After detailing the kings of Strathclyde and the politics of the era, we next examine the life of the common man in this time. Drumchapel was from the earliest of times a farming community, probably stretching back to the Bronze Age. The arrival of the Romans would not have changed the reliance on the land, but instead opened up trade with hungry soldiers. The eventual romanisation of the area led to the establishment of decurions, or landowners, at the time of St. Patrick, whose father was one such decurion.
The relationship between landowner and peasant would form the basis for the development of the Celtic Clan society. The Senchus fer nAlban, an assessment of Dalriada in the seventh century, details this relationship. Each "fiscal house" - the peasant and his family - would be required to pay tribute, a food rent, to the landowner or chief. This system probably applied in Strathclyde and Drumchapel, also elsewhere.
The area of Drumchapel and the Lennox was the oldest surviving example of the fiscal house system, still in use in the thirteenth century due to the almost wholly pastoral nature of the economy. Hence we find tributes - of cheese - being paid to the lairds. Also of note is the payment of a chalder of flour by the Lady of Drumry to the chamberlain in 1328 to secure the freedom of her lands. As late as the seventeenth and eighteenth century rents were still being paid in kind. The two estates of Drumry and Garscadden had their own mains farms, farmland that only disappeared in the 1950s with the building of the housing estate. Today, farmland is still in evidence in Drumchapel, north of the housing estate, running from Castlehill to Cleddans.
In the Dark Ages wealth would have been measured in numbers of cattle. Rustling and feuding would have been commonplace. The unchanging nature of Drumchapel is emphasised, when due to cattle rustling, Rob Roy Macgregor and his men were harried from this parish to Inversnaid, at Loch Lomond, where they fled. The year was 1715.
An analysis of place-names of the area helps understand dark age settlements. We have already mentioned drum righ, the king's ridge. Some place names are obviously derived: Yoker is the Scottish form of the gaelic Eochair meaning river-bank. The area of Castlehill and Chesters are a development of the British Caer for fort or castle, obviously denoting the roman fort. Langfaulds denotes dark age settlements, the long folds are walled earthworks to protect the settlements from attack. Behind these earthworks were also kept the cattle for protection from rustlers and wolves.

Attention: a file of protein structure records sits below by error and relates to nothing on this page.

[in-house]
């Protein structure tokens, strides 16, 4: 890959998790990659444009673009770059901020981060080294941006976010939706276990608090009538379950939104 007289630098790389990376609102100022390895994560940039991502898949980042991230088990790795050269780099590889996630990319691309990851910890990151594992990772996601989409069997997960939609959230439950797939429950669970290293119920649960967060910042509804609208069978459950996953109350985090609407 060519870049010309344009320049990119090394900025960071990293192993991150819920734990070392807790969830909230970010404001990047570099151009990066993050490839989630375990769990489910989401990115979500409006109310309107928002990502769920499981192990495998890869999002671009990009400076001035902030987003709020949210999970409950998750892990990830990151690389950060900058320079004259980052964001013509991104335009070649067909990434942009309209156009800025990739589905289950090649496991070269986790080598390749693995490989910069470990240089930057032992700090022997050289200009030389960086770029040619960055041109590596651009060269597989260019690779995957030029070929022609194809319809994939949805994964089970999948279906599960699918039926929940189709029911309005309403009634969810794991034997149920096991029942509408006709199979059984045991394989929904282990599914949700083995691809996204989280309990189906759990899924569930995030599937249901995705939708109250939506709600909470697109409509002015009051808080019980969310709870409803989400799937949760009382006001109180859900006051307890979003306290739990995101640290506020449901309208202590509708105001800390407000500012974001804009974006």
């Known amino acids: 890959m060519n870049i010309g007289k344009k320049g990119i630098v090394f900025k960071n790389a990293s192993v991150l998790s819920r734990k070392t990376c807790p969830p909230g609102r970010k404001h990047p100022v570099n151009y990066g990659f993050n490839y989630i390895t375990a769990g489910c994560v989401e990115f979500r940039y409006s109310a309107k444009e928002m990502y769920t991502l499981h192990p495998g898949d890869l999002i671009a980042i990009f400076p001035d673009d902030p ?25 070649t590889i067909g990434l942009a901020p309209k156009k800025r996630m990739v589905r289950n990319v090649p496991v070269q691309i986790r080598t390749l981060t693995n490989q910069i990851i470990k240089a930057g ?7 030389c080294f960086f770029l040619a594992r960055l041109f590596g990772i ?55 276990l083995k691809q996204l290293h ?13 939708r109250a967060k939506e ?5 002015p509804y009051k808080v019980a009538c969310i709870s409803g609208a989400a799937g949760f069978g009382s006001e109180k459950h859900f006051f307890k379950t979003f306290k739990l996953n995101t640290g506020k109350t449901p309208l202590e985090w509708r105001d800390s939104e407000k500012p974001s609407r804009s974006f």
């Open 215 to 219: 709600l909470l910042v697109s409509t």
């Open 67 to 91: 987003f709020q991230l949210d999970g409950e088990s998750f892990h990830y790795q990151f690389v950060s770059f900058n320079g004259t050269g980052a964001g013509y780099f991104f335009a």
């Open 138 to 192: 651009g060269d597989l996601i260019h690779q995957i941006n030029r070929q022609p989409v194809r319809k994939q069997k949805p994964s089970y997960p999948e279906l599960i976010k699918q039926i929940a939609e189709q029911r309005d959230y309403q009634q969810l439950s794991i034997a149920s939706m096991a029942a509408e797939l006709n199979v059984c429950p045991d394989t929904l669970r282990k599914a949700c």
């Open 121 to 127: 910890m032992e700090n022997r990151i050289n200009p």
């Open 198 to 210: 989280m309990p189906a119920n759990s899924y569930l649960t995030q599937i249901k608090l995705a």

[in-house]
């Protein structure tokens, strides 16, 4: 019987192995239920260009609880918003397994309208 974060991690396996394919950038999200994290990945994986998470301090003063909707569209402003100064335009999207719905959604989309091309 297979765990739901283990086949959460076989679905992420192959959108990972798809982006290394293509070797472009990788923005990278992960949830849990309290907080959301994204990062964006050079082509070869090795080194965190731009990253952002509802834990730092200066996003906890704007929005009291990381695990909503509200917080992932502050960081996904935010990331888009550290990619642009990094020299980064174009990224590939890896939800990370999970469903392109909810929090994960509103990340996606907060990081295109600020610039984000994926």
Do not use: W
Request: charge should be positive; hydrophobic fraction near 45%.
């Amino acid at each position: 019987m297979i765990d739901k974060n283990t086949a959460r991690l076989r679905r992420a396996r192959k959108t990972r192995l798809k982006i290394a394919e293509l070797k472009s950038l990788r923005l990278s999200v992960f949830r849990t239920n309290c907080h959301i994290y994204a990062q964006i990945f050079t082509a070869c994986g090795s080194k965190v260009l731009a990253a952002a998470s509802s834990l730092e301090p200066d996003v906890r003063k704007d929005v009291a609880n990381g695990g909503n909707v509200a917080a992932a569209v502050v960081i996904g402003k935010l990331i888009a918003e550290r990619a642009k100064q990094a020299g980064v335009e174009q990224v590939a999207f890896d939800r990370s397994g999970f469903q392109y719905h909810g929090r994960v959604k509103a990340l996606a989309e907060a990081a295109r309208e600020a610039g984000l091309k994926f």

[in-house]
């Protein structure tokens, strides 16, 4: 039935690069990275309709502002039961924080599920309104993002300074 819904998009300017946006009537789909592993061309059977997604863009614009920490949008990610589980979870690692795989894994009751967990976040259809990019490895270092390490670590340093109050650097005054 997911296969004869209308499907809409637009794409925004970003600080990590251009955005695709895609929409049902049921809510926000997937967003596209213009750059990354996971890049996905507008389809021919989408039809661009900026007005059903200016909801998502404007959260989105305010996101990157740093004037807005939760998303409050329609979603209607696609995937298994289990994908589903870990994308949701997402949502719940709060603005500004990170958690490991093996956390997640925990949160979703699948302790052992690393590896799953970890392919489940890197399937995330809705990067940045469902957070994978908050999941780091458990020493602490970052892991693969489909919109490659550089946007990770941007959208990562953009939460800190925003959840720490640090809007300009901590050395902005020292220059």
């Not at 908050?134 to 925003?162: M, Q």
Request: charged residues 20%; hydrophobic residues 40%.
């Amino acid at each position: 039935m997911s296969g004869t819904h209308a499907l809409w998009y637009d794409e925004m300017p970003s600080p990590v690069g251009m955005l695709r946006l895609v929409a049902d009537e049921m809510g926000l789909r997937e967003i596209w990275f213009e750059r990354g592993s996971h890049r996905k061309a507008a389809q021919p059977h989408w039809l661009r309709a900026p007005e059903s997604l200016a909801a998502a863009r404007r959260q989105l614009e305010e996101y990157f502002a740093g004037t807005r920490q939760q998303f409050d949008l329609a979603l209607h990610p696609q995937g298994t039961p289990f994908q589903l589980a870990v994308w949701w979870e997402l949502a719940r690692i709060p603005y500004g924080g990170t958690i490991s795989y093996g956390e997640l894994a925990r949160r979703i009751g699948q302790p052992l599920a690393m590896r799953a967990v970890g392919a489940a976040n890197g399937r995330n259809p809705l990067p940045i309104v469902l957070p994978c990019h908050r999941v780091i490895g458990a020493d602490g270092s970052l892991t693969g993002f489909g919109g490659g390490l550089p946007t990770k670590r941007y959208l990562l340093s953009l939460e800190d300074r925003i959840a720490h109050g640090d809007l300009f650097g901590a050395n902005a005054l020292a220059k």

I also agree with George Mackay's interpretation of Drumchapel in his Scottish Placenames [Lomond Books, 2000] as the 'ridge of the horse' ; drum chopuill. Obviously the name is gaelic:- drum is 'ridge' and chopuill is horse, usually denoting a mare.
Previously, it was thought that Drumchapel from taken from ' the drum of the chapel' as Robertson recounts in his Drumchapel - short historical sketch. He mentions the two ridges, the western drum righ and eastern drum of the chapel. Here's why that interpertation is invalid:-
The only interpretation that fits is that Drumchapel is an anglisation of drum chopuill meaning the ridge of the horse or mare.
The naming of the ridges after mare and king may have an association with the inauguration of the Strathclyde kings. An inauguration of a medieval Irish king is recorded by the Welsh author Giraldus Cambrensis in his Description of Ireland. Lloyd Laing's Celtic Britain suggests that similar rituals were enacted by other Celtic kingdoms. He describes this Celtic coronation: "... the people gathered together and a white mare was led in. The king elect then entered before the assembly, on hands and knees, and announced he was an animal. He then pretended to copulate with her and she was then slaughtered and cooked. When the stew was ready, he climbed in the cauldron, bathed in the broth, ate the meat and drank what remained of his meaty bath water. After this, he was deemed to be king. The mare symbolised fertility, and by going through the ritual the king elect ensured not only his own regenrative powers, but those of his tribe and his tribe's stock. The rite has its echoes in the 'Corn King' rituals of other societies." The nearby Knapper's Henge reinforces the premise that the Drumchapel region was an area held high in prestige by the ancient Celts.
Garscadden is also from the gaelic. The name comes from two words: Gars comes from the gaelic Gairbhe meaning rough, and Cadden from the welsh Cad or gaelic Cath meaning battle. (Both languages are similar.) Thus Garscadden means 'rough battle'. But what battle? Since we have seen that drum righ is related to the Ard Righ, it follows that neighbouring Garscadden is a battle for the Ard Righ. Thus it seems that the battle site of Duntocher that John Bruce ascribed to King Arthur, should actually be a mile or so southwards in Drumchapel, at the ancient estate of Garscadden. If Drumchapel was a site used for the inauguration of Strathclyde kings this would likely be a 'rough battle' with the British desperate to hold onto their esteemed coronation site. It would also indicate why Nennius recorded four battles in the Lennox; the region holding both the capital Al-Cluith (Dumbarton) and the coronation site (Drumchapel).
The coming of the vikings in the eighth century, would have disrupted this rudimentary and settled pastoral community. The vikings would have re-introduced coinage; not used in Drumchapel since the departure of the Romans. The main and most telling disruption would be however the taking of the peasants as thralls, the viking term for slaves (hence the word enthalled). The impact of the vikings is discussed next.